Every JavaScript function has its own instance of the this variable, which is independent of the this variable in any other function. In the above example, this on line 5 is independent of this on line 2 because it occurs within a different function scope. Previously, if we wanted this within a nested function to reference a particular object, we had to use that object’s dot operator when referencing the function. However, in this instance, the function is not an object property and we don’t even perform the function call. It’s being called from some unknown location inside JavaScript’s implementation of setInterval. So how can we access the object’s count property if not through this? We need to find another way to do so and a common solution is to introduce a that variable.

function Counter() {
  var that = this;
  this.count = 0;

  setInterval(function () {
    that.count++;
  }, 1000);
}

JavaScript allows a function to access any variable that exists within its own scope – or within any scope that encloses that function (a feature called closure). In this example, the anonymous callback function is enclosed by the Counter constructor function, which means the callback can reference any variables declared within Counter(). Though the callback can’t reference Counter's this variable directly (since it’s been hidden by the callback’s own this variable, if we assign Counter's this variable to some other variable (i.e. that), we can access the count property through the other variable. It is a common practice in JavaScript to declare a that variable for the purpose of referencing an object from within enclosed functions. (A popular alternate name used instead of that is self, but it can really be any name you might choose – it’s just a normal variable.)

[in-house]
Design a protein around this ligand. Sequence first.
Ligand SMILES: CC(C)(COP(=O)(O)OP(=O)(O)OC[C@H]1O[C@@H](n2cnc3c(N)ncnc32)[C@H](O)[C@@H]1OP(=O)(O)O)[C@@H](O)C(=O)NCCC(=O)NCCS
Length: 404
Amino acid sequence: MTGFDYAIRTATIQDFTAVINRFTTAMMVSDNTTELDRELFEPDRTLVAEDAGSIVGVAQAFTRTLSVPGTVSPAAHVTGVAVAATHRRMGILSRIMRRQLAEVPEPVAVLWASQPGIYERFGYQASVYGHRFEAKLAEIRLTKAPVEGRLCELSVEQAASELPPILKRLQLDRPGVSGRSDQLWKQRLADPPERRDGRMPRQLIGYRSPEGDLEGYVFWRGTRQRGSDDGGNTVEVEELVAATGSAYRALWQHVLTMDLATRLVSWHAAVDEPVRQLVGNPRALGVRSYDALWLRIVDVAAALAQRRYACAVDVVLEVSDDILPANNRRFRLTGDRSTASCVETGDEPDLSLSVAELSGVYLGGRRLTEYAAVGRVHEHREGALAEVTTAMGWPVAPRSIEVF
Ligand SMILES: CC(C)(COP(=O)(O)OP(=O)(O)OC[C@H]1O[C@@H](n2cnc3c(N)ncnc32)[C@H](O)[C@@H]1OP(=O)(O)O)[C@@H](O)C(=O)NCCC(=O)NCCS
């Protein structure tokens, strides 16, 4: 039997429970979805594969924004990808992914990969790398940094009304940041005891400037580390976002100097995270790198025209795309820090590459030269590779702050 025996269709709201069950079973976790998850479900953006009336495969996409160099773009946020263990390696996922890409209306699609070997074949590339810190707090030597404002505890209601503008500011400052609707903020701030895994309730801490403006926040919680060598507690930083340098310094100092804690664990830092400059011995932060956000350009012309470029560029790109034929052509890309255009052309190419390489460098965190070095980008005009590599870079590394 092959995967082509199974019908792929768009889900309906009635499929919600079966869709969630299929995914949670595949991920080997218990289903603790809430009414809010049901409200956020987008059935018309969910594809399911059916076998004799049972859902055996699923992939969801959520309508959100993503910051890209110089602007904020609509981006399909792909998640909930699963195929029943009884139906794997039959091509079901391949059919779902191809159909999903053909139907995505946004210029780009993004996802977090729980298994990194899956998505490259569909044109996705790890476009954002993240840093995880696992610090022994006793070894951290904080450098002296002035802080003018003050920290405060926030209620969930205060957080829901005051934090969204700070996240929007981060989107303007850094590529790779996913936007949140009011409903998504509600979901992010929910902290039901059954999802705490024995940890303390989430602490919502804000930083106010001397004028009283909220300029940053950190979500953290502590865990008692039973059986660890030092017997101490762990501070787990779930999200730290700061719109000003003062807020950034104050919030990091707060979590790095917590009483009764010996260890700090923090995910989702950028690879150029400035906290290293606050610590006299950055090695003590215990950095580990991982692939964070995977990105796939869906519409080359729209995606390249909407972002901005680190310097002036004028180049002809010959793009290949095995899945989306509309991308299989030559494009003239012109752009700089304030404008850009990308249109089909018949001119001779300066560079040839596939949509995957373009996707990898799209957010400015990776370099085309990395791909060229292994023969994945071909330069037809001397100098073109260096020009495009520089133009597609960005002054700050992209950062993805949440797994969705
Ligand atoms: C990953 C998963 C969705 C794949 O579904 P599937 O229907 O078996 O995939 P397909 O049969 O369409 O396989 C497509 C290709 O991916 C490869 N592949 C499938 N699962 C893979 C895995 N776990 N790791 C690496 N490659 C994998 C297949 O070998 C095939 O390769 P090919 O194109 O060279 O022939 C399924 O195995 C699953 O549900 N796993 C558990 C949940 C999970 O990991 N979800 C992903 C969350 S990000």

But if every function has its own this variable, what does this actually reference within the callback function? Well, it may depend. Often, callback functions are executed such that this refers to JavaScript’s window object. In the case of setInterval, that’s exactly what happens. This is why it can be helpful to think of this as providing a context for a function’s execution rather than referencing a particular type of object instance. The callback function may be executed within the context of the entire browser window instead of within the context of a specific object instance. It’s even possible that a function will be executed within other contexts as well, depending on how the function is actually being invoked. The popular jQuery library was designed to invoke event callback functions such that this references the particular DOM element that generated the event.

As a way of avoiding unexpected this assignments in callback functions, JavaScript does provide a way to bind a function to a particular value of this.

function Counter() {
  this.count = 0;

  setInterval(function () {
    this.count++;
  }.bind(this), 1000);
}

In this code sample, the function that is passed to setInterval has a small tweak. Following the function’s closing curly brace, it has been bound to the value of this from the constructor function. The value that’s passed to the bind function will be assigned to the this variable within the callback function. This is one way to avoid any surprises with callback functions without creating a that variable.

There is much more that could be said about this and callback functions. Hopefully, this brief introduction will at least help you remember that functions may need to use this, but sometimes that, and maybe even another thing entirely. It all depends on your context.